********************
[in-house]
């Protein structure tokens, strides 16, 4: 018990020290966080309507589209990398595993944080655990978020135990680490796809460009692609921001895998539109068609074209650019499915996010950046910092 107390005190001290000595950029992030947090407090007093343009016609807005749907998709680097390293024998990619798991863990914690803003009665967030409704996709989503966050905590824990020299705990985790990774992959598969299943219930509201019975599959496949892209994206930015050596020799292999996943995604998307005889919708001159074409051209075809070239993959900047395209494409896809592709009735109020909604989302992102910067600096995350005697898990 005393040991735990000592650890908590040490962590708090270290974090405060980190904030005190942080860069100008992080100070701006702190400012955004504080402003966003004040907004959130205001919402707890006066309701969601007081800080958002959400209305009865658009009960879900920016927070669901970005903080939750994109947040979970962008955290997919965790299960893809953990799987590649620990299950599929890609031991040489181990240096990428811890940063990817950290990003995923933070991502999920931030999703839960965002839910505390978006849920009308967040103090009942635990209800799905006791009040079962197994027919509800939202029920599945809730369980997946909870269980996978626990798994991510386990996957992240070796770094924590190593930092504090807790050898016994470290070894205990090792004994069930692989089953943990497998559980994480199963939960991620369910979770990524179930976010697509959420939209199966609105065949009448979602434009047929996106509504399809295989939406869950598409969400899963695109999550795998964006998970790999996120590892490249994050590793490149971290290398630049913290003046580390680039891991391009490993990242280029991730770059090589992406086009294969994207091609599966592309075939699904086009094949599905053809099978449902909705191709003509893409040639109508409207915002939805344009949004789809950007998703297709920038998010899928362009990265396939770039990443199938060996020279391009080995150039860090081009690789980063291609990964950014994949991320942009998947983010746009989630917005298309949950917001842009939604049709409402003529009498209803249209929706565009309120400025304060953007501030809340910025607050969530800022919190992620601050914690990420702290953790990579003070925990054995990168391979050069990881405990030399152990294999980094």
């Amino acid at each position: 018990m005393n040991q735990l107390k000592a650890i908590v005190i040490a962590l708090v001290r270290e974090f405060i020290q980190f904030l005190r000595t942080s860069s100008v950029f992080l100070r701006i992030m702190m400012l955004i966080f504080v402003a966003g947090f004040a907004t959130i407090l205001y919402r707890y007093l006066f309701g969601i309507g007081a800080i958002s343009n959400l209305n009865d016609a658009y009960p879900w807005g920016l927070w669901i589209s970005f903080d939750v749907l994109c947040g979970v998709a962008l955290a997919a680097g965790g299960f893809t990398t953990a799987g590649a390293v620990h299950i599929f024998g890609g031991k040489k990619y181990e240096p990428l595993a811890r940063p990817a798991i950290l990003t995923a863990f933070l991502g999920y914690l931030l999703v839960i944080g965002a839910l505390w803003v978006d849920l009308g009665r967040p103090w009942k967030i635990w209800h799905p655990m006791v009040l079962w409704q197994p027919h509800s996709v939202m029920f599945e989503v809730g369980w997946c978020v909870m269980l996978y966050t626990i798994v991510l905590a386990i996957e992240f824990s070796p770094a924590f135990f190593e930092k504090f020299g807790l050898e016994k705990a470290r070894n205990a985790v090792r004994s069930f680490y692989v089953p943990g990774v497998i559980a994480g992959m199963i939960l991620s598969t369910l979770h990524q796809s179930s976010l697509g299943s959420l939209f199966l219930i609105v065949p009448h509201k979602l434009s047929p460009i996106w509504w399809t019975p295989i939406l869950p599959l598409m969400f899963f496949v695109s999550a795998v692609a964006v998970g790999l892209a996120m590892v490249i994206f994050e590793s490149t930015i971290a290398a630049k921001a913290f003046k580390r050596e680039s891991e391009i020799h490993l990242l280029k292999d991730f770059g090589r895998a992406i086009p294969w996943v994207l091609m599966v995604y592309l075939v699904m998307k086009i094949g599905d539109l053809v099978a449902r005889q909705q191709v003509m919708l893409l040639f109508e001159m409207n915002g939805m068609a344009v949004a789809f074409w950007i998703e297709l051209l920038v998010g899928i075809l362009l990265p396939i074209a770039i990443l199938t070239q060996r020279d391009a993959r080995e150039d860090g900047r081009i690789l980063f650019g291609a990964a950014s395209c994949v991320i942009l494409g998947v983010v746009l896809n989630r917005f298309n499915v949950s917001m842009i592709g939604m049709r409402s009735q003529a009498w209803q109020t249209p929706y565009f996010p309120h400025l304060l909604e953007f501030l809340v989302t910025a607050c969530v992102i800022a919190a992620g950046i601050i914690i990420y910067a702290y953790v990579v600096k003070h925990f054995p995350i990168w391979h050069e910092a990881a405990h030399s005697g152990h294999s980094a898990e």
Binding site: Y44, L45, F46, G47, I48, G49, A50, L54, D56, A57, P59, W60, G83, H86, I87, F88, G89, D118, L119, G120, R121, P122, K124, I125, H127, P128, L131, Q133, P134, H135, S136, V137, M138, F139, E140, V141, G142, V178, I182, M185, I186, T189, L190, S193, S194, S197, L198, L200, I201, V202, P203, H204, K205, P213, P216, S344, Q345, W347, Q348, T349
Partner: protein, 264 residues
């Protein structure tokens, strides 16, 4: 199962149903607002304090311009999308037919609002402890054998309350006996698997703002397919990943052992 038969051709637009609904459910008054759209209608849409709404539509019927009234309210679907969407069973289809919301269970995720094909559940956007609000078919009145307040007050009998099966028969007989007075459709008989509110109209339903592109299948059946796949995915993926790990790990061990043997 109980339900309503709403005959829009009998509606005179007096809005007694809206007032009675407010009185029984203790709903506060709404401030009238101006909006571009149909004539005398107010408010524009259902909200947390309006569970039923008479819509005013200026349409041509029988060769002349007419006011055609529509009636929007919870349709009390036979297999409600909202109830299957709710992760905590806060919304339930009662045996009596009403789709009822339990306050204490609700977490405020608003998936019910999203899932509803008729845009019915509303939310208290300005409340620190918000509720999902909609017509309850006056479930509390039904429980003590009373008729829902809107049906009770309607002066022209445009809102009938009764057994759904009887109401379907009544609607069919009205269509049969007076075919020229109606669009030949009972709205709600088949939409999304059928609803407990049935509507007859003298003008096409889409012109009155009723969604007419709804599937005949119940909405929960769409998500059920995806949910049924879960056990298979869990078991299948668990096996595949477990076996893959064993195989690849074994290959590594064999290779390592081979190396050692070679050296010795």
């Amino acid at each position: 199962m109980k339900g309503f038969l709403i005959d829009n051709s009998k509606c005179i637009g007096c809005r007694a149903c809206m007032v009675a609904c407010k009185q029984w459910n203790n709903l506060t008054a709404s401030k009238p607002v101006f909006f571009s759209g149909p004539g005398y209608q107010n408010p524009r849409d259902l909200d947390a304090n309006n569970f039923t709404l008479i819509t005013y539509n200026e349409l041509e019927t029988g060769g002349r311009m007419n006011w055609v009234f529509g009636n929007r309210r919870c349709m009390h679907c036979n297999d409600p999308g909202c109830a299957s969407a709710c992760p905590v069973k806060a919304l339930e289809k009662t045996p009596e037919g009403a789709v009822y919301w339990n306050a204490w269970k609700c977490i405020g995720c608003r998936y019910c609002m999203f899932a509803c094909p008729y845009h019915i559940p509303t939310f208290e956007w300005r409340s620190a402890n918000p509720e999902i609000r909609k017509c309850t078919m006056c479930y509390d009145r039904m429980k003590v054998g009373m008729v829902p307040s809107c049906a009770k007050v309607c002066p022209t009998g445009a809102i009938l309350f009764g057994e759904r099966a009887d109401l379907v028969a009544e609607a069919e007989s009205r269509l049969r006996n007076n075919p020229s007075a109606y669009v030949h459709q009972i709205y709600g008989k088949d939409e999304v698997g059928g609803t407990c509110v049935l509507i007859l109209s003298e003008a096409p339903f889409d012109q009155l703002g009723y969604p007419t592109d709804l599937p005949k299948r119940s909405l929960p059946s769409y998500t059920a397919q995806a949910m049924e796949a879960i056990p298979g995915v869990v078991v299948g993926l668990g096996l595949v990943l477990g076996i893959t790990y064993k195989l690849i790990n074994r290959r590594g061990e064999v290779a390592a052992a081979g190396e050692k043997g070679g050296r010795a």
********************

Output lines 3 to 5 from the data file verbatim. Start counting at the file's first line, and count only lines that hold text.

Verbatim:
């Amino acid at each position: 018990m005393n040991q735990l107390k000592a650890i908590v005190i040490a962590l708090v001290r270290e974090f405060i020290q980190f904030l005190r000595t942080s860069s100008v950029f992080l100070r701006i992030m702190m400012l955004i966080f504080v402003a966003g947090f004040a907004t959130i407090l205001y919402r707890y007093l006066f309701g969601i309507g007081a800080i958002s343009n959400l209305n009865d016609a658009y009960p879900w807005g920016l927070w669901i589209s970005f903080d939750v749907l994109c947040g979970v998709a962008l955290a997919a680097g965790g299960f893809t990398t953990a799987g590649a390293v620990h299950i599929f024998g890609g031991k040489k990619y181990e240096p990428l595993a811890r940063p990817a798991i950290l990003t995923a863990f933070l991502g999920y914690l931030l999703v839960i944080g965002a839910l505390w803003v978006d849920l009308g009665r967040p103090w009942k967030i635990w209800h799905p655990m006791v009040l079962w409704q197994p027919h509800s996709v939202m029920f599945e989503v809730g369980w997946c978020v909870m269980l996978y966050t626990i798994v991510l905590a386990i996957e992240f824990s070796p770094a924590f135990f190593e930092k504090f020299g807790l050898e016994k705990a470290r070894n205990a985790v090792r004994s069930f680490y692989v089953p943990g990774v497998i559980a994480g992959m199963i939960l991620s598969t369910l979770h990524q796809s179930s976010l697509g299943s959420l939209f199966l219930i609105v065949p009448h509201k979602l434009s047929p460009i996106w509504w399809t019975p295989i939406l869950p599959l598409m969400f899963f496949v695109s999550a795998v692609a964006v998970g790999l892209a996120m590892v490249i994206f994050e590793s490149t930015i971290a290398a630049k921001a913290f003046k580390r050596e680039s891991e391009i020799h490993l990242l280029k292999d991730f770059g090589r895998a992406i086009p294969w996943v994207l091609m599966v995604y592309l075939v699904m998307k086009i094949g599905d539109l053809v099978a449902r005889q909705q191709v003509m919708l893409l040639f109508e001159m409207n915002g939805m068609a344009v949004a789809f074409w950007i998703e297709l051209l920038v998010g899928i075809l362009l990265p396939i074209a770039i990443l199938t070239q060996r020279d391009a993959r080995e150039d860090g900047r081009i690789l980063f650019g291609a990964a950014s395209c994949v991320i942009l494409g998947v983010v746009l896809n989630r917005f298309n499915v949950s917001m842009i592709g939604m049709r409402s009735q003529a009498w209803q109020t249209p929706y565009f996010p309120h400025l304060l909604e953007f501030l809340v989302t910025a607050c969530v992102i800022a919190a992620g950046i601050i914690i990420y910067a702290y953790v990579v600096k003070h925990f054995p995350i990168w391979h050069e910092a990881a405990h030399s005697g152990h294999s980094a898990e």
Binding site: Y44, L45, F46, G47, I48, G49, A50, L54, D56, A57, P59, W60, G83, H86, I87, F88, G89, D118, L119, G120, R121, P122, K124, I125, H127, P128, L131, Q133, P134, H135, S136, V137, M138, F139, E140, V141, G142, V178, I182, M185, I186, T189, L190, S193, S194, S197, L198, L200, I201, V202, P203, H204, K205, P213, P216, S344, Q345, W347, Q348, T349
Partner: protein, 264 residues